South Carolina Governor Nikki Haley said Monday that the Confederate flag should be taken down.
That comes, of course, after a white man, in a racist attack last week, killed nine African-Americans at the Emanuel AME Church in Charleston. Photos uncovered later showed him embracing the Confederate flag.
That banner — which South Carolina hoisted in 1961, in the middle of the civil rights movement — represents to so many of the state’s citizens racism, hate, violence and subjugation.
What about those who say the flag symbolizes pride in the South’s history, that it represents “heritage, not hate,” as the saying goes?
At The Atlantic, Ta-Nehisi Coates points out that South Carolina’s secession from the union — which kicked off the Civl War, of course — was centered on the very institution of slavery. In the state’s own language at the time:
A geographical line has been drawn across the Union, and all the States north of that line have united in the election of a man to the high office of President of the United States, whose opinions and purposes are hostile to slavery. He is to be entrusted with the administration of the common Government, because he has declared that that “Government cannot endure permanently half slave, half free,” and that the public mind must rest in the belief that slavery is in the course of ultimate extinction.
Many are saying now that it’s time to move on, at long last.
In Columbia, a two-thirds vote in the House and Senate are required for the flag to be taken down. The (Charleston) Post and Courrier quotes Haley as saying that if the two bodies don’t debate the issue summer, she’ll call them back into session to do so.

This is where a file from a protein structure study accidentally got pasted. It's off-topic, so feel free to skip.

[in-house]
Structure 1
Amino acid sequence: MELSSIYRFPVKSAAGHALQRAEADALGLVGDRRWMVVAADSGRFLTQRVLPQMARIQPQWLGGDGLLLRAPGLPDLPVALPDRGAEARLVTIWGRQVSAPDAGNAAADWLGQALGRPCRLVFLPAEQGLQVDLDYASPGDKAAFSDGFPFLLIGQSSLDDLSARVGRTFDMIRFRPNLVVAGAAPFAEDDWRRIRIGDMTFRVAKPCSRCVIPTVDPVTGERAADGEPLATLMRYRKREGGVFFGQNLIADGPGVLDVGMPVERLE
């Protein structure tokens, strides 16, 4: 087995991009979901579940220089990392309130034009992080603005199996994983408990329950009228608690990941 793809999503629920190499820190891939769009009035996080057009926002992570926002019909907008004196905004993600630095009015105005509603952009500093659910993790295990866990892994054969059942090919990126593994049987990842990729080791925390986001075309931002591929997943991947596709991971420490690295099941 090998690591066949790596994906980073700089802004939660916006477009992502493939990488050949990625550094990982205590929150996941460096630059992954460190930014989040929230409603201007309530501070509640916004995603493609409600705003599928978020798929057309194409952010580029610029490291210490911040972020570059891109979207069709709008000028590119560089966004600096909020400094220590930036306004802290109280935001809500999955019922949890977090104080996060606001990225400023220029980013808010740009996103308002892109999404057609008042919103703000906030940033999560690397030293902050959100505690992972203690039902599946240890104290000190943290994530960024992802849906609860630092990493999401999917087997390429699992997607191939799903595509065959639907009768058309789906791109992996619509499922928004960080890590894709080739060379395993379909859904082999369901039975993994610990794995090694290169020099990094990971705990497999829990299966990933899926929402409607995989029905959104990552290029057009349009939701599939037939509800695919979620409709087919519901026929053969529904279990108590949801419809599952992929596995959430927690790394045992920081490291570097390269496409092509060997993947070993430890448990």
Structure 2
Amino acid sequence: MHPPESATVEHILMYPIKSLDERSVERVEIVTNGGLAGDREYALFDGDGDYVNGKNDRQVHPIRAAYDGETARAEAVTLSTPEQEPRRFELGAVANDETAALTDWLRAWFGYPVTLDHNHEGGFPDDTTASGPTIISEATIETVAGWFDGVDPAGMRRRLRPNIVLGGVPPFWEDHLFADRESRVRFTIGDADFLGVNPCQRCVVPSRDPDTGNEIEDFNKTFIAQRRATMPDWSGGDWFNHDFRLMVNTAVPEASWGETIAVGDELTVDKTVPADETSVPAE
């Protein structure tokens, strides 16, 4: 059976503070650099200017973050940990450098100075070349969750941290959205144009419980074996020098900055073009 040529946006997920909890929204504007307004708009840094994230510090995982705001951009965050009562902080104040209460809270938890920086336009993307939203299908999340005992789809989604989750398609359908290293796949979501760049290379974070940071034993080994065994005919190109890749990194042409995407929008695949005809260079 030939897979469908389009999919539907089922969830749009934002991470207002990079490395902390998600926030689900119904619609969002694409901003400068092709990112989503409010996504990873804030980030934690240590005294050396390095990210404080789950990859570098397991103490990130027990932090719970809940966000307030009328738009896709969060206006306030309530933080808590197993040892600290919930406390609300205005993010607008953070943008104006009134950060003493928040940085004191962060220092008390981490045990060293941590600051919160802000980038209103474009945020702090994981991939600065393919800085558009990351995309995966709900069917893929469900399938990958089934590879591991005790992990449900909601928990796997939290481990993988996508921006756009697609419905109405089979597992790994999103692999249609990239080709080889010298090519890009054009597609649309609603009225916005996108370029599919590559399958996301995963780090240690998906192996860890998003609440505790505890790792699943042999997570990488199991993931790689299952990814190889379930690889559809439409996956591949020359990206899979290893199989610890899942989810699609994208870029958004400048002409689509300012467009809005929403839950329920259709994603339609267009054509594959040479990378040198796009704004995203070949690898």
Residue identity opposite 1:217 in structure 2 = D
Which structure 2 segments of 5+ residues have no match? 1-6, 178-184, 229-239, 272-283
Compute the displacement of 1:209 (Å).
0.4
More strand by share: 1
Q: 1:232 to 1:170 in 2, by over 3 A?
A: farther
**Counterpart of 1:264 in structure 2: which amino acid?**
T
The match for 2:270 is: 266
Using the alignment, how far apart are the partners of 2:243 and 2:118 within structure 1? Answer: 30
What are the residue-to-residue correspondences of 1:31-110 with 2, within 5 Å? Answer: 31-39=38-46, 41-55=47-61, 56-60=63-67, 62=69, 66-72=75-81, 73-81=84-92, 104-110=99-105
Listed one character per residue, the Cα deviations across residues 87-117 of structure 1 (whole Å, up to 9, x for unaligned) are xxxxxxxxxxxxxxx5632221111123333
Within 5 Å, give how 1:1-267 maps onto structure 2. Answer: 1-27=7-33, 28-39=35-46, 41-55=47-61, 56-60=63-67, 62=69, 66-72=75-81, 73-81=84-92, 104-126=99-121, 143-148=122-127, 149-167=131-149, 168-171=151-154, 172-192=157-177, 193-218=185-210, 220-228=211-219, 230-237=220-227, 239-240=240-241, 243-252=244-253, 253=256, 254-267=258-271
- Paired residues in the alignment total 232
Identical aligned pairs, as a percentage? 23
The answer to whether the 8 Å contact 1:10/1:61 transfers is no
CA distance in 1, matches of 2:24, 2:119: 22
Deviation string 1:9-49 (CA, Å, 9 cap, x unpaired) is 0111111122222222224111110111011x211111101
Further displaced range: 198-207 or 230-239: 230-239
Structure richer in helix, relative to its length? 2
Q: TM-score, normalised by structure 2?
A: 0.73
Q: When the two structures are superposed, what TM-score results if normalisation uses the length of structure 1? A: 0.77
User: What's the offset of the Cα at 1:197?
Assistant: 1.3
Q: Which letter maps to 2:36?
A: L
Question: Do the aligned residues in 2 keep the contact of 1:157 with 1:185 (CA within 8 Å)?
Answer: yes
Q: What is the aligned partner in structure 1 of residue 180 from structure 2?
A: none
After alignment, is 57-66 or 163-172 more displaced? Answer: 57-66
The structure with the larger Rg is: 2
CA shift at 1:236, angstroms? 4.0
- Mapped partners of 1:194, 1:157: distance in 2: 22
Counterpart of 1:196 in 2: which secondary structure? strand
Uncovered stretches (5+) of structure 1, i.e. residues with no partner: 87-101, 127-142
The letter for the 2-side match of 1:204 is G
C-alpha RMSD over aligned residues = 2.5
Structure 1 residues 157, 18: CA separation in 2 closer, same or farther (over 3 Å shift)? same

Now, following the shootings, an issue that for years has seemed settled — that the flag will continue to fly — is up for debate. And things seem to be moving quickly.
Just yesterday, The Post and Courrier reported:
Proponents of removing the flag could have an uphill climb. A Post and Courier survey of state lawmakers — predominately Republicans who control the House and Senate — found there is no consensus that the flag has to go, with many saying it’s too soon after the tragedy to act.
A Post and Courier poll shows the state Senate is within striking distance of having a majority in favor of removing the Confederate flag from the Statehouse grounds. Support appears strong in the House, as well.
Here are a few sites to keep an eye on as things develop.
In a feature I love for its simplicity, the Post and Courrier is asking every member of the legislature where they stand on the flag, and posting the results in real time.
Meanwhile, in the Lowcountry, the Beaufort Gazette/Island Packet is collecting statements from Beaufort legislators:
While five local legislators have come out in support of removing the Confederate flag from the statehouse grounds, three others have remained quiet on the issue.
In Columbia, The State newspaper has also been covering the issue.